On 27th January a post mortem examination by Dr. Hanford of Goulburn found, “a wound on the left side of the face, a ball having entered there and penetrated to the thick muscles of the back of the neck, and another wound which entered the left side of the chest, broke several ribs, lacerated the heart, the wire cartridge turned its course eventually embedding in the liver. The immediate cause of death was laceration of the heart.”
Samuel Nelson was born at Chesterton, Oxfordshire, England on 9th September, 1827. He married Elizabeth Goode. The couple, with four children, Frederick, 6, Henry, 4, Jonas, 2, and Matilda, born at sea, arrived in Australia on the ‘Parsee’ on 17th January, 1853.
Samuel’s occupation was listed as labourer although both he and Elizabeth could read and write. They proceeded to a property, ‘Barakula’, near the Darling Downs, in what is now Queensland, where Samuel was employed as a labourer. On 5th August, 1857 Samuel joined the New South Wales Police force and settled at Collector, where five more children were born, Emma, 1857, Samuel, 1860, David, 1862, Thomas, 1864, Arthur, 1865.
Samuel Nelson was buried at Collector in the cemetery next to the police station. The community rallied around the family and raised funds to purchase a farm for Elizabeth and her family. The farm was stocked with livestock and items of necessity to ensure Elizabeth and her family would be provided for. Sons, Frederick and Henry were to run the farm. The government also provided a pension of fifty pounds (almost a full salary for a police constable) for ten years.
Within months of the murder of Nelson the Hall gang was destroyed. Ben Hall was shot on 5th May, Gilbert on 13th May. Dunn, remained at large, until 26th December. He was captured near Quambone, after fierce resistance and wounding another policeman, constable McHale.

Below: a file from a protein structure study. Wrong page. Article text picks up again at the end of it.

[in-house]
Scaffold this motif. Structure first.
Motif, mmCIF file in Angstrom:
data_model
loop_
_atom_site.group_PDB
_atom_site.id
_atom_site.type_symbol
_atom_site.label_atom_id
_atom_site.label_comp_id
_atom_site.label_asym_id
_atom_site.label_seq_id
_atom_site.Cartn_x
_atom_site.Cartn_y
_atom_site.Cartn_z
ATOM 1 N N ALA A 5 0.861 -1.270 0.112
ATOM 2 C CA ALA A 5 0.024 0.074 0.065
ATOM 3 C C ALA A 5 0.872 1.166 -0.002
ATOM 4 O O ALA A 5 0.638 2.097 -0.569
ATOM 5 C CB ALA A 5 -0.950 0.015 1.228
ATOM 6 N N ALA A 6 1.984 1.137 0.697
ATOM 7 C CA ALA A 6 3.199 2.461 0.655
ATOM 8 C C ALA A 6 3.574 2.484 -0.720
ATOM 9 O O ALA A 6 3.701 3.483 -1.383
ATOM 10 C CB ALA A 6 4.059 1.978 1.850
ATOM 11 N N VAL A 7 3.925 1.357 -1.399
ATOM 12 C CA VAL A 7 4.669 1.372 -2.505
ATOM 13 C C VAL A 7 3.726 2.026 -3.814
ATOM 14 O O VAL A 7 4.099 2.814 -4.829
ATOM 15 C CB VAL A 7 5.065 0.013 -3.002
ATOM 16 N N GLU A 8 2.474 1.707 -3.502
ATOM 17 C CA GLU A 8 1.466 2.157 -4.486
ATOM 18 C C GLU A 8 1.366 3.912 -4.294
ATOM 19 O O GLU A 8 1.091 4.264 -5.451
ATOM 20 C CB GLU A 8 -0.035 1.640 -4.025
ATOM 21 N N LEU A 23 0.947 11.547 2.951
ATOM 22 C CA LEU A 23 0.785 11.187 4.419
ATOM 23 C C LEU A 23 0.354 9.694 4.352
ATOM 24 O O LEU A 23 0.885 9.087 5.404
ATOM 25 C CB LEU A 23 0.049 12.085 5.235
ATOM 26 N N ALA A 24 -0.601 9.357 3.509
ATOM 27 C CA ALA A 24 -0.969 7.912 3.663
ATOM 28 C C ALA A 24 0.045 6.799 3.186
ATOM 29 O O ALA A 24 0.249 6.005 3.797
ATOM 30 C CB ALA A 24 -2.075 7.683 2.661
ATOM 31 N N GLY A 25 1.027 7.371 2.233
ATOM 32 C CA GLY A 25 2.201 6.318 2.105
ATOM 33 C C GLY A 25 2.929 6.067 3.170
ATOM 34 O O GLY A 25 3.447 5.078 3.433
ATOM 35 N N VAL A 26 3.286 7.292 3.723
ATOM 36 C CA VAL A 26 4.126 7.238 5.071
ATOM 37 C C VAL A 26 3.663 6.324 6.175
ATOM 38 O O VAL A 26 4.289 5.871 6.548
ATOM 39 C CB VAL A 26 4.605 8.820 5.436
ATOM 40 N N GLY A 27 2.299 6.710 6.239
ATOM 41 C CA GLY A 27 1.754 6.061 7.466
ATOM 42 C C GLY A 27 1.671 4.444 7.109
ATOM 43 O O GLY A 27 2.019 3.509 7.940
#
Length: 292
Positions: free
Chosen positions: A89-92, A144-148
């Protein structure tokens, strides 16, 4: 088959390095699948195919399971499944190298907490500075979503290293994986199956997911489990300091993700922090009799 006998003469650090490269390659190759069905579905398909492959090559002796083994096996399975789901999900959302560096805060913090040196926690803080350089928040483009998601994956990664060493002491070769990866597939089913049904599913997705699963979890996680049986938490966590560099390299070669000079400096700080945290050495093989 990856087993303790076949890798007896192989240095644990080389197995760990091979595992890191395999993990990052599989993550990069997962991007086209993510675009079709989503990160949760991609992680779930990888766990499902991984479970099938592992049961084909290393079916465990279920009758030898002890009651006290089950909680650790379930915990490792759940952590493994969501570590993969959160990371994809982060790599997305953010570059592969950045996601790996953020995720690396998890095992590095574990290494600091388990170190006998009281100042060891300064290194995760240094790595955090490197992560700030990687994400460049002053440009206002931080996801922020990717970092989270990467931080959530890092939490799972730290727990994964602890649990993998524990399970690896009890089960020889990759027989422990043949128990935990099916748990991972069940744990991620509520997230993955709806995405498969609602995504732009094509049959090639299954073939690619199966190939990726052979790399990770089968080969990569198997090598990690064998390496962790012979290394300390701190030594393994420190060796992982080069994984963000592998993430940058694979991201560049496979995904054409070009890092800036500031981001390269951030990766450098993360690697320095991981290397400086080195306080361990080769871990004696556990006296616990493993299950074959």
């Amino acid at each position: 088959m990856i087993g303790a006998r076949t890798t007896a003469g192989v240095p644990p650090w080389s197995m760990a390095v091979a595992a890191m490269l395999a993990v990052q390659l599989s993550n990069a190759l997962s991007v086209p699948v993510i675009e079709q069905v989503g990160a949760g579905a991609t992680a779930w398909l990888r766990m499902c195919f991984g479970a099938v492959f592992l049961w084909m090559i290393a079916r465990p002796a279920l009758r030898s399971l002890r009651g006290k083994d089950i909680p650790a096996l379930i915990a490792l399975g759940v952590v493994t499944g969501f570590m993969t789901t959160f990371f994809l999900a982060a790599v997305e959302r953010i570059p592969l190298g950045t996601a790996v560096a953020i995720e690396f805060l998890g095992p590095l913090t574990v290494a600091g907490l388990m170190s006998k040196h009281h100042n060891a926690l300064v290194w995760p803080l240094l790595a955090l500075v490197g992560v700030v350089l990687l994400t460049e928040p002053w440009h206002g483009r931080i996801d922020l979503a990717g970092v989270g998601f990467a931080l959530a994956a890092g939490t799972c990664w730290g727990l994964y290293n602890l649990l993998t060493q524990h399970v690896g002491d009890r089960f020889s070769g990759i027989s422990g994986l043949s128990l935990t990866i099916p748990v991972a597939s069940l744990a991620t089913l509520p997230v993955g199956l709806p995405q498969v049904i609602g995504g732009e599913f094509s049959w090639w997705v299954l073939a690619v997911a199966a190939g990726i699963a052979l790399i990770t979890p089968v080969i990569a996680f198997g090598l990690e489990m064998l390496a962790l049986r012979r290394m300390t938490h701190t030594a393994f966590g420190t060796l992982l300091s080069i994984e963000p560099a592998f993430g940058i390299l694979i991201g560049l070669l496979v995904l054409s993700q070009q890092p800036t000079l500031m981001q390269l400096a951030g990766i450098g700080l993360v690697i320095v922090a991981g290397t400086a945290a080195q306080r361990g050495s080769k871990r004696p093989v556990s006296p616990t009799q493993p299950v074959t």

Dunn was tried before the Chief Justice, Sir Alfred Stephen. and found guilty of the murder of Samuel Nelson. In summing up the Chief Justice addressed the following comments to John Dunn:
“Was it nothing to you to shoot brutally, and murder a poor man like that? Talk of bravery- I know no greater bravery than was displayed on this occasion by Constable Nelson. The town was deserted by the police, who had been put upon a wrong scent, and he was left alone. A little girl tells him the bushrangers are at Kimberley’s and what does he do? ‘I will go down and see what I can do alone’, such a sentiment can only be equaled by his namesake, who expected ‘every man to do his duty.’
Nelson went to do his duty, and met his death; it was a most brutal murder, and it is impossible for anyone to sympathize with you. The unhappy man is not only shot dead, but you at once return to your companions, and the others who were at your peril and made use of the most filthy expressions, you talk in this beastly and insulting way to men whom you had covered by revolvers, and firearms pointed at their heads, spoke to them insultingly when they were helpless- That was your courage and here is your bravery.”
Sentence was then passed and Dunn was duly hanged on 19th March, 1866.
|| Constable Nelson's grave, Collector, September 2010
Photo: Peter C Smith
Peter C Smith.
|Samuel Nelson 1827 – 1865
Photo: Edgar F Penzig Collection